Saturday, May 12, 2012

Twin Falls is a really nice city

Friday, May 11.

We headed out early this morning.We drove around the area to get a better feel for things.  I think we were the only people in entire 2,000+ acre BLM Milner Historic  Recreation Area.  This area has joined our Top Ten list.
We took the scenic US 30 route into Twin Falls rather then hoping in I-84. Before noon time we had filled up with propane, done the laundry, eaten apple fritters, dumped the tanks, topped off the water and finished our shopping at Fred Meyers.
Twin Falls has a free city dump station and water fill. It's right here: 42.55919 -114.47990.
After that we went to the Shoshone Falls. The local PR people call it the “Niagara of the West”. The falls are 212' high making them 50' higher then Niagara Falls. There is a nice paved trail through the area so the three of us were able to take a walk together.

Then we went to the Centennial Park which is at the bottom of Snake River canyon. The road going down to the park is a narrow, two lane road with a 10% grade, per the sign.
There is a very nice visitor center (42.59816 -114.45524) that accesses the Canyon Rim Trail System. It's right next to the Perrine Bridge that is 486' above the river. This bridge is a popular destination for BASE (Buildings, Antenna, Span, Earth) jumpers because such use is legal here and requires no permits. At any given time, twenty, or so, guys were hanging around getting ready to jump. Gopher and I watched a few of them. They land on the bank of the river about ½ mile from the bridge. 

There is a city RV park, Rock Creek Park, if you're so inclined. We're “camped”for the night in the Visitor Center parking lot watching the BASE jumpers and enjoying the Canyon Rim Trail. 

The Snake River Canyon

About a million years ago, a gigantic ancient lake called Lake Bonneville covered a large part of Northern Utah and parts of Southern Idaho and eastern Nevada; an estimated 20,000 square miles. Some 13,000 to 15,000 years ago the lake broke through south of Pocatello, ID to create one of the greatest floods known in the history of the world. The flood lasted for six weeks before the majority of the water had drained from the lake. In the above picture appears a light band of rock near the bridge supports. That was the level of the Snake River before the flood. The flood waters eroded away over 250'  of  the original river bottom.

On September 8, 1974, Evel Knievel made an unsuccessful attempt to jump the Snake River Canyon in Twin Falls. The site he used is on private property; not that we would have wasted the gas to see the memorial anyway.

Twin Falls also has all the big box and chain stores imaginable so most anything a person would need is here. Including a COSTCO.

Next time we're in the area, we'll come back.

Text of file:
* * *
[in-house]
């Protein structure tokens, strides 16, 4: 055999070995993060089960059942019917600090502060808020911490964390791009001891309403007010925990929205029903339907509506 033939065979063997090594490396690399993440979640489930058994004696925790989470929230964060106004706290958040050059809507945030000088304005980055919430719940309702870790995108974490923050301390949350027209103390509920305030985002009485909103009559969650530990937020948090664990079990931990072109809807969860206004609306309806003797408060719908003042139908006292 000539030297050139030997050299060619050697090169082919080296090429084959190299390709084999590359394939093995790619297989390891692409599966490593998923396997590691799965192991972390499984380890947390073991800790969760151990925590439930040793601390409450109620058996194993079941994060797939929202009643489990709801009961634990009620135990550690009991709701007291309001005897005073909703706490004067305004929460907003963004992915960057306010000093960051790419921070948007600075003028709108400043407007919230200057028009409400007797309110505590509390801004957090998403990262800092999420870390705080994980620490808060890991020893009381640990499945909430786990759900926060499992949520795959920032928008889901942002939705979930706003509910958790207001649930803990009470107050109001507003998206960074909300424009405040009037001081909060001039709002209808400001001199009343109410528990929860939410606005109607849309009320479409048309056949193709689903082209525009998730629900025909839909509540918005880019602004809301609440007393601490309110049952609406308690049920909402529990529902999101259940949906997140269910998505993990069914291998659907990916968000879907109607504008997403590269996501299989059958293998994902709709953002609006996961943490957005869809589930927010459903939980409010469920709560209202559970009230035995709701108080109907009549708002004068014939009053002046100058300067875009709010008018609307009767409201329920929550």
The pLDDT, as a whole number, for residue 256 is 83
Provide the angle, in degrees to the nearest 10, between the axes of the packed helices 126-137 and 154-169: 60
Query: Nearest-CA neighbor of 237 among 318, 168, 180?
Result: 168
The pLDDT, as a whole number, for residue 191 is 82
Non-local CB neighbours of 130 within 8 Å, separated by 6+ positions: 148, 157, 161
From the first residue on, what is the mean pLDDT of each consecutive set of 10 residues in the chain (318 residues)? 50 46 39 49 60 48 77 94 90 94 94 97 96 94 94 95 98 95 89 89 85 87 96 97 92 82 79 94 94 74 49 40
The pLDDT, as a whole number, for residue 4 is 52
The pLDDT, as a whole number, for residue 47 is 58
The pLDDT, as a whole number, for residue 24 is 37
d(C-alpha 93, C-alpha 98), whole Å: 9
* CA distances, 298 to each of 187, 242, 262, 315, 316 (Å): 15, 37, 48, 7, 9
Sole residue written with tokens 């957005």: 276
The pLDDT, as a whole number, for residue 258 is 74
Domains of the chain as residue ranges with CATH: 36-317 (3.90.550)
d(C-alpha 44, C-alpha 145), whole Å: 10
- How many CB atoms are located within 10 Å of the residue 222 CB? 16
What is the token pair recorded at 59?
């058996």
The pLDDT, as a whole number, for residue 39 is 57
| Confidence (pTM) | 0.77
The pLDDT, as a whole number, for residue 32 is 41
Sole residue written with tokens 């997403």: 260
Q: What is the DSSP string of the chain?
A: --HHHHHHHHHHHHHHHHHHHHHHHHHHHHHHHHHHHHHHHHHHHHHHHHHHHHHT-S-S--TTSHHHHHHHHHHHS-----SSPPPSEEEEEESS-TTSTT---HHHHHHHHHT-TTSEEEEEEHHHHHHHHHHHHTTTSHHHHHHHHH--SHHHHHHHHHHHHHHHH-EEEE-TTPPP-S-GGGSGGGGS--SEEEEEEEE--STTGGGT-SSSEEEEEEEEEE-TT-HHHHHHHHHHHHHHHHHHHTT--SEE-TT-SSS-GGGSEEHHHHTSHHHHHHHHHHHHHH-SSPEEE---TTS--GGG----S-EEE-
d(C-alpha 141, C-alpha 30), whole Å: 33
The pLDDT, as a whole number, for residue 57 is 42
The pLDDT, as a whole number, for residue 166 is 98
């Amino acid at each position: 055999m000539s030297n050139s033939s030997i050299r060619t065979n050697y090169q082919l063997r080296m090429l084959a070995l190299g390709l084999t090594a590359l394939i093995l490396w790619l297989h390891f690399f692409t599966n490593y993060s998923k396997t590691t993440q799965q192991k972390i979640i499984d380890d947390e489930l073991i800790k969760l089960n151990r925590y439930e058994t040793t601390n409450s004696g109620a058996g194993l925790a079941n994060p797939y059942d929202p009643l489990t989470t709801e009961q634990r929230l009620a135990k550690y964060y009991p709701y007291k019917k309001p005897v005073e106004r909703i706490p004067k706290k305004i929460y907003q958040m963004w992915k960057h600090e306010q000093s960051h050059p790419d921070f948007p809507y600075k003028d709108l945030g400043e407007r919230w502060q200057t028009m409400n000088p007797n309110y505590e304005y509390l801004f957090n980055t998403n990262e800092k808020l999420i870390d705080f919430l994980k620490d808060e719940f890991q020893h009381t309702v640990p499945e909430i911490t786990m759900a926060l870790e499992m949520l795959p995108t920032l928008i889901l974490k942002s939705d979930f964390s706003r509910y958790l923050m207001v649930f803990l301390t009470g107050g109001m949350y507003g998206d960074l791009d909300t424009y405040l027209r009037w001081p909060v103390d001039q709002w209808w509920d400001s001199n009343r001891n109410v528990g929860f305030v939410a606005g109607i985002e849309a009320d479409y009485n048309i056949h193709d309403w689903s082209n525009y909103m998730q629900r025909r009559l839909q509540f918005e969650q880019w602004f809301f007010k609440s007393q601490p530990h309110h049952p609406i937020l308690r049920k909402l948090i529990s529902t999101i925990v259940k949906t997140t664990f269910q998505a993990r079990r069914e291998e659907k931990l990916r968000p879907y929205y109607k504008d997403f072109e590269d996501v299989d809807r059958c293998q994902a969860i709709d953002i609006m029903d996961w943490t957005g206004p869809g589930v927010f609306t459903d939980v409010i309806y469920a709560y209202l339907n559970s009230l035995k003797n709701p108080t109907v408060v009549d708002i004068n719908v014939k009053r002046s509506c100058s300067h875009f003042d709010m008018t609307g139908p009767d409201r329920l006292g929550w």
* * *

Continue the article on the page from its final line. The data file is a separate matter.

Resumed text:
Gopher and I were up early enough to see a group of BASE jumpers getting ready. We watched a handful of them jump.
About 8am we continued west along US 30 with no particular destination in mind. We came across the Hagerman Wildlife Management Area(WMA) and Idaho State Fish Hatchery which is just south of Hagerman. The hatchery raises trout and salmon to stock the rivers in Southern Idaho. In addition, they has a pubic viewing area with huge catfish, sturgeon, bass, and several other species. The WMA area has several lakes that are stocked and very popular with local families. Saturday morning especially.

 A sturgeon and a golden trout

An interesting Oregon Trail sign we came across.

At Barnes and Nobel in Twin Falls,I bought a Benchmark Road and Recreation Atlas for ID. I have these detailed maps for every state we plan on traveling extensively in. Just a little west of the hatchery, the map showed the Bell Rapids Sportsman’s Access(42.79299 -114.93674) so we decided to take a look. When we were in Northern Idaho in 2008, we discovered these access sites. As a general rule, free camping is permitted. Here the sign says there is a ten day camping limit. There are two tents pitched in a wooded area. This is where we'll be camping tonight. We're parked by the boat ramp watching the guys launching their boats for a days fishing. Most of the boats are the water powered jet boats.
A perfect place to spend a bright and sunny day. 

Tonights campsite      

 He came strolling through the area. Bet he knows it's not hunting season!!

1 comment:

Russ Krecklow said...

We really enjoyed Twin Falls when we went through there a few years ago. Shoshone Falls didn't have nearly as much water then as they do in your photos! Nice! Great photo of that ringed neck pheasant. We had a couple of them living in the field next to where we were camped in Pendleton, but never could get a picture. They sure were afraid of the lightening storm, judging from all the cackling they did.